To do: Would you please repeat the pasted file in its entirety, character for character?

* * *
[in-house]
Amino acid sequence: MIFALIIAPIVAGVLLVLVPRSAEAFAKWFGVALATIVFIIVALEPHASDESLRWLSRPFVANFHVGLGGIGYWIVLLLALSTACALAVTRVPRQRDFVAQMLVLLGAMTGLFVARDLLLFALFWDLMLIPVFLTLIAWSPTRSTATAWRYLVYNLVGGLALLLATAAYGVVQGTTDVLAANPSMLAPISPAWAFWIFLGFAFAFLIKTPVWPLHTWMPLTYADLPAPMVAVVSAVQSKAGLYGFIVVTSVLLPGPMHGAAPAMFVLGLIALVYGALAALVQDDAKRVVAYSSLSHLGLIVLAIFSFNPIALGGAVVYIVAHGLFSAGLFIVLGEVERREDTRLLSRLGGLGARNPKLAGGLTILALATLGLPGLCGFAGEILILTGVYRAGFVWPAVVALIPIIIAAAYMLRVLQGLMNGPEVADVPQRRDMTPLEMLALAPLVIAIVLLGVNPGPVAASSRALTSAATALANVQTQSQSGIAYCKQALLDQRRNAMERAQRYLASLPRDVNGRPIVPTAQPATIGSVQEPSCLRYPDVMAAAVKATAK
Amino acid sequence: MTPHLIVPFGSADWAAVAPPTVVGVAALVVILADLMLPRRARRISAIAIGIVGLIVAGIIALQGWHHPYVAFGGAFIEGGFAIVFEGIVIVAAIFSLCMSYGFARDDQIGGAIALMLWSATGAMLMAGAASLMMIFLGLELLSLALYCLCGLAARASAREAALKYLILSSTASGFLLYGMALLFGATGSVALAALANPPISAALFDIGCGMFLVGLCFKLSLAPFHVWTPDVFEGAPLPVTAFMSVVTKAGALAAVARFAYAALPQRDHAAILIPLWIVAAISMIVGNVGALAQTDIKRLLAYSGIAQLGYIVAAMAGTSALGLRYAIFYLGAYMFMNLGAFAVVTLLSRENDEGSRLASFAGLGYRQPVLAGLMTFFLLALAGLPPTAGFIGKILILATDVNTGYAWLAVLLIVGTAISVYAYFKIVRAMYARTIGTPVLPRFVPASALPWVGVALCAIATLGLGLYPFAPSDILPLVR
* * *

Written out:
[in-house]
Amino acid sequence: MIFALIIAPIVAGVLLVLVPRSAEAFAKWFGVALATIVFIIVALEPHASDESLRWLSRPFVANFHVGLGGIGYWIVLLLALSTACALAVTRVPRQRDFVAQMLVLLGAMTGLFVARDLLLFALFWDLMLIPVFLTLIAWSPTRSTATAWRYLVYNLVGGLALLLATAAYGVVQGTTDVLAANPSMLAPISPAWAFWIFLGFAFAFLIKTPVWPLHTWMPLTYADLPAPMVAVVSAVQSKAGLYGFIVVTSVLLPGPMHGAAPAMFVLGLIALVYGALAALVQDDAKRVVAYSSLSHLGLIVLAIFSFNPIALGGAVVYIVAHGLFSAGLFIVLGEVERREDTRLLSRLGGLGARNPKLAGGLTILALATLGLPGLCGFAGEILILTGVYRAGFVWPAVVALIPIIIAAAYMLRVLQGLMNGPEVADVPQRRDMTPLEMLALAPLVIAIVLLGVNPGPVAASSRALTSAATALANVQTQSQSGIAYCKQALLDQRRNAMERAQRYLASLPRDVNGRPIVPTAQPATIGSVQEPSCLRYPDVMAAAVKATAK
Amino acid sequence: MTPHLIVPFGSADWAAVAPPTVVGVAALVVILADLMLPRRARRISAIAIGIVGLIVAGIIALQGWHHPYVAFGGAFIEGGFAIVFEGIVIVAAIFSLCMSYGFARDDQIGGAIALMLWSATGAMLMAGAASLMMIFLGLELLSLALYCLCGLAARASAREAALKYLILSSTASGFLLYGMALLFGATGSVALAALANPPISAALFDIGCGMFLVGLCFKLSLAPFHVWTPDVFEGAPLPVTAFMSVVTKAGALAAVARFAYAALPQRDHAAILIPLWIVAAISMIVGNVGALAQTDIKRLLAYSGIAQLGYIVAAMAGTSALGLRYAIFYLGAYMFMNLGAFAVVTLLSRENDEGSRLASFAGLGYRQPVLAGLMTFFLLALAGLPPTAGFIGKILILATDVNTGYAWLAVLLIVGTAISVYAYFKIVRAMYARTIGTPVLPRFVPASALPWVGVALCAIATLGLGLYPFAPSDILPLVR